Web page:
Cubs rebuilding will take time

Bryer Lehr, IV Leader Sports Columnist

With  the first year of the Theo Epstein regime in the books, the common fan may look at the Chicago Cubs and laugh. We all would like to at times.
It has been a dreadful year to watch at times with no name player after no name player taking the field and a record that hasn’t come even close to sniffing .500.
Some fans have decided to disappear completely. Well, Rome wasn’t built in a day and trust me, the Romans probably had more tools to start with than the Cubs.
The first season under Theo Epstein and new general manager Jed Hoyer has done nothing but show how bare the cupboard really was to start.
Think about it, the biggest reason to be optimistic heading into the future has been the presence and performance of rookie first baseman Anthony Rizzo, who would be slugging for the Padres right now if not for a trade in early January.
The farm system for the Cubs has been bare of talent for years now and Theo and Co. are now being forced to clean up the mess that had been left for years.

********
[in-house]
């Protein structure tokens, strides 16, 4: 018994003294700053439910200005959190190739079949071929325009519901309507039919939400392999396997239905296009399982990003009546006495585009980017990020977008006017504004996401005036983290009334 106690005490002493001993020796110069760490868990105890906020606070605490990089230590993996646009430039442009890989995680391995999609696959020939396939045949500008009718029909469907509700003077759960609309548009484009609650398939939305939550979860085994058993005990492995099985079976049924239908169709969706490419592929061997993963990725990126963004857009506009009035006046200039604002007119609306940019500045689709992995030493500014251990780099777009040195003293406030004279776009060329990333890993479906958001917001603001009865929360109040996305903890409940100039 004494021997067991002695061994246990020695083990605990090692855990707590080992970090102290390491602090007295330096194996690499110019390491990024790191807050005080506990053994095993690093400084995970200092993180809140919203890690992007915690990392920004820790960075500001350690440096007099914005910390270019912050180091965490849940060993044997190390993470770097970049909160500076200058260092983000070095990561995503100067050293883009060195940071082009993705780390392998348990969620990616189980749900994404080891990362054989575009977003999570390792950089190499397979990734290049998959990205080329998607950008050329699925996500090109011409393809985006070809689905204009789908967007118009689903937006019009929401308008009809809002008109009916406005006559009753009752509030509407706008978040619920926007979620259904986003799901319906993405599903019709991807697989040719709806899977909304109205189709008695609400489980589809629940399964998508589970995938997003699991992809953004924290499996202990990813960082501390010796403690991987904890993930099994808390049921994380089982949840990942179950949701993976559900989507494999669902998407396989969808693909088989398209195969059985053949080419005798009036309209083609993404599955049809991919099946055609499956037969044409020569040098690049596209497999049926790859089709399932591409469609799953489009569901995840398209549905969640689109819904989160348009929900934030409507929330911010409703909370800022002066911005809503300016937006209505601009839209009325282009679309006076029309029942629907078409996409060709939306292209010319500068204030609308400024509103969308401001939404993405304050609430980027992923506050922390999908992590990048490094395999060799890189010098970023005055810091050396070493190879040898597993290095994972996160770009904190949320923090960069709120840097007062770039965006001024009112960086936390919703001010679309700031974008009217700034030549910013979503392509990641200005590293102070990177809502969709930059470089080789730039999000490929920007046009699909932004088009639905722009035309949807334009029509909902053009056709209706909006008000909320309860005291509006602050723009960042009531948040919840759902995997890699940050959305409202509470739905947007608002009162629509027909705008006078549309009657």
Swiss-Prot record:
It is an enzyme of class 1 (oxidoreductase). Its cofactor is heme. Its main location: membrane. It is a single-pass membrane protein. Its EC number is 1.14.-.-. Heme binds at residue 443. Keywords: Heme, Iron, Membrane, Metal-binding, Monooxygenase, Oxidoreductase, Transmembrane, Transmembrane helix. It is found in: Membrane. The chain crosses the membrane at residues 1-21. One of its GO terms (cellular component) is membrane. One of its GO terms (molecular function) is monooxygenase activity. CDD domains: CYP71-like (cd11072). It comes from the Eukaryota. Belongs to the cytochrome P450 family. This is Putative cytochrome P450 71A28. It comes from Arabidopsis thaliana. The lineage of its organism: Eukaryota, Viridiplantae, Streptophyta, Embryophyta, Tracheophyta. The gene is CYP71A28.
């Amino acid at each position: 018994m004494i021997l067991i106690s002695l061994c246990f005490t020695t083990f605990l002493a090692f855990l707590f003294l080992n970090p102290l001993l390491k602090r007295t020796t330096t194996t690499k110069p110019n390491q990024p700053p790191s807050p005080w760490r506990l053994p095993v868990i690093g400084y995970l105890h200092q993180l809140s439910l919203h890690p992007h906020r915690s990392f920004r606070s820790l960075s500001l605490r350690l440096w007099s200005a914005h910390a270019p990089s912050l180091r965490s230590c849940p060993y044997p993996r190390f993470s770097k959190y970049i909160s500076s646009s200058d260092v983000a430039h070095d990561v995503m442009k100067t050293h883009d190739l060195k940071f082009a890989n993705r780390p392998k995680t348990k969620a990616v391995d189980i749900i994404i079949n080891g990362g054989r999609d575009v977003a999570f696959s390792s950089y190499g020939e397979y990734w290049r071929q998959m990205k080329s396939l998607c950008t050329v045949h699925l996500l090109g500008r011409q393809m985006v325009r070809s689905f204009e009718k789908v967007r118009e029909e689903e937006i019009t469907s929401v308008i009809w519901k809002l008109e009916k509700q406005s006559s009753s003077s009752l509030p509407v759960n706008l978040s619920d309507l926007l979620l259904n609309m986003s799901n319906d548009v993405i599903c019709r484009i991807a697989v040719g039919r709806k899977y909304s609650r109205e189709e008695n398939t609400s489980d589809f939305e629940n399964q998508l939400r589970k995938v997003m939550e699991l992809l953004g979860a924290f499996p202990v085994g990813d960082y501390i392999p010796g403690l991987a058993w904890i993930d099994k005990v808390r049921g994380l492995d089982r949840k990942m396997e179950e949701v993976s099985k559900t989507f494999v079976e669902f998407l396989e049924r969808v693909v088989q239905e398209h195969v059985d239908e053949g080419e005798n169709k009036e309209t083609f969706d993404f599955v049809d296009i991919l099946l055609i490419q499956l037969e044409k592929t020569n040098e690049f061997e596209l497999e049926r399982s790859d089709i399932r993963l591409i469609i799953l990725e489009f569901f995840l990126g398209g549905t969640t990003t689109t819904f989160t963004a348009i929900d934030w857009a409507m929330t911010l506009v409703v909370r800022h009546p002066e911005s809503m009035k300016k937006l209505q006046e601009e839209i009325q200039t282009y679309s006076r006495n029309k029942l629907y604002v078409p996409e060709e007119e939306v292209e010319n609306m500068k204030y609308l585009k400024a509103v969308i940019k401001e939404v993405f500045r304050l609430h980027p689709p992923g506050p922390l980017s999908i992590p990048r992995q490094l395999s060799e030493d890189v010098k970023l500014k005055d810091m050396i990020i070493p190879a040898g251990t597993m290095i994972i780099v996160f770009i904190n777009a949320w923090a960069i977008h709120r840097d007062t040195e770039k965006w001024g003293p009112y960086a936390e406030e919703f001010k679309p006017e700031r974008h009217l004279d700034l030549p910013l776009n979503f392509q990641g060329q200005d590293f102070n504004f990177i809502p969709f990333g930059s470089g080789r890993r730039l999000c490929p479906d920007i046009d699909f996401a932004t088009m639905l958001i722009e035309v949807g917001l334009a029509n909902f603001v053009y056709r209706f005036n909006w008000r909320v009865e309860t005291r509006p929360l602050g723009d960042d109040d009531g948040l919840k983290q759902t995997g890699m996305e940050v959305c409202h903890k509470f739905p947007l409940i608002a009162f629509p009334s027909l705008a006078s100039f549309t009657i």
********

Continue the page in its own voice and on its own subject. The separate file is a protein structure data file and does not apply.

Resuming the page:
Aside from watching a star in the making in shortstop Starlin Castro and knowing that it was the first season under the new regime, there really was little reason to be excited to watch the Cubs this season, especially pre-Rizzo.
Chicago media tried to sell the fans on the story of lifetime minor leaguer Bryan LaHair and the outstanding pitching from savvy veteran Ryan Dempster.
However, Dempster is now in Texas and LaHair has proven to be one of the worst all-stars I have ever seen.
What it comes down to is there was little to be excited about this season, and if you don’t like watching the core players like Rizzo, Castro, and Jeff Samardzija develop or watching Alfonso Soriano ,chase career milestones then next season probably won’t be for you either.
The fact is there’s a shortage of major league talent in the minor league systems right now.
The veterans you have been used to watching like Dempster and Geovany Soto have been traded to try to restore some of that talent and Matt Garza may be next out the door to get the farm to where it needs to be.
I know, it has been 104 years now and Cubs’ fans are tired of waiting, but building the Cubs into a perennial contender is going to be a project and it will take time.
You can’t expect the Cubs to have a talented big league team with a huge lack of talent in the minor leagues.
So sit back and enjoy the offseason and the roster moves that come with it because they may be more exciting than the product on the field in 2013.